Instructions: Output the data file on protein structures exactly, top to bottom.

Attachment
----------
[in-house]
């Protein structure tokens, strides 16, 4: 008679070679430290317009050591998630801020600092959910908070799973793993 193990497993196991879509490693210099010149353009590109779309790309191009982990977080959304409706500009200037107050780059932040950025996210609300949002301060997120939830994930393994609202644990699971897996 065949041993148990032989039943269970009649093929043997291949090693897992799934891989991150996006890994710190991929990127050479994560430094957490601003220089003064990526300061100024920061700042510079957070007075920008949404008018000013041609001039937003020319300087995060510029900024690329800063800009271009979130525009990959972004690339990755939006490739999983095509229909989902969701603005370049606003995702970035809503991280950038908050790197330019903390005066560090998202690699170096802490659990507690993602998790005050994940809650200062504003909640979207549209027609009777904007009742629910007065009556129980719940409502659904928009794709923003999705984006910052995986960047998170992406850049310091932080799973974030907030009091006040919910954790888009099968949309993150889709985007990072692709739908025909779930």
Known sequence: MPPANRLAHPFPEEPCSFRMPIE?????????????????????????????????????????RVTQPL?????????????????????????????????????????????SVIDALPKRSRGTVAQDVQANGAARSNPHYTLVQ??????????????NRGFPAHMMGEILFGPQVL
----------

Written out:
[in-house]
């Protein structure tokens, strides 16, 4: 008679070679430290317009050591998630801020600092959910908070799973793993 193990497993196991879509490693210099010149353009590109779309790309191009982990977080959304409706500009200037107050780059932040950025996210609300949002301060997120939830994930393994609202644990699971897996 065949041993148990032989039943269970009649093929043997291949090693897992799934891989991150996006890994710190991929990127050479994560430094957490601003220089003064990526300061100024920061700042510079957070007075920008949404008018000013041609001039937003020319300087995060510029900024690329800063800009271009979130525009990959972004690339990755939006490739999983095509229909989902969701603005370049606003995702970035809503991280950038908050790197330019903390005066560090998202690699170096802490659990507690993602998790005050994940809650200062504003909640979207549209027609009777904007009742629910007065009556129980719940409502659904928009794709923003999705984006910052995986960047998170992406850049310091932080799973974030907030009091006040919910954790888009099968949309993150889709985007990072692709739908025909779930």
Known sequence: MPPANRLAHPFPEEPCSFRMPIE?????????????????????????????????????????RVTQPL?????????????????????????????????????????????SVIDALPKRSRGTVAQDVQANGAARSNPHYTLVQ??????????????NRGFPAHMMGEILFGPQVL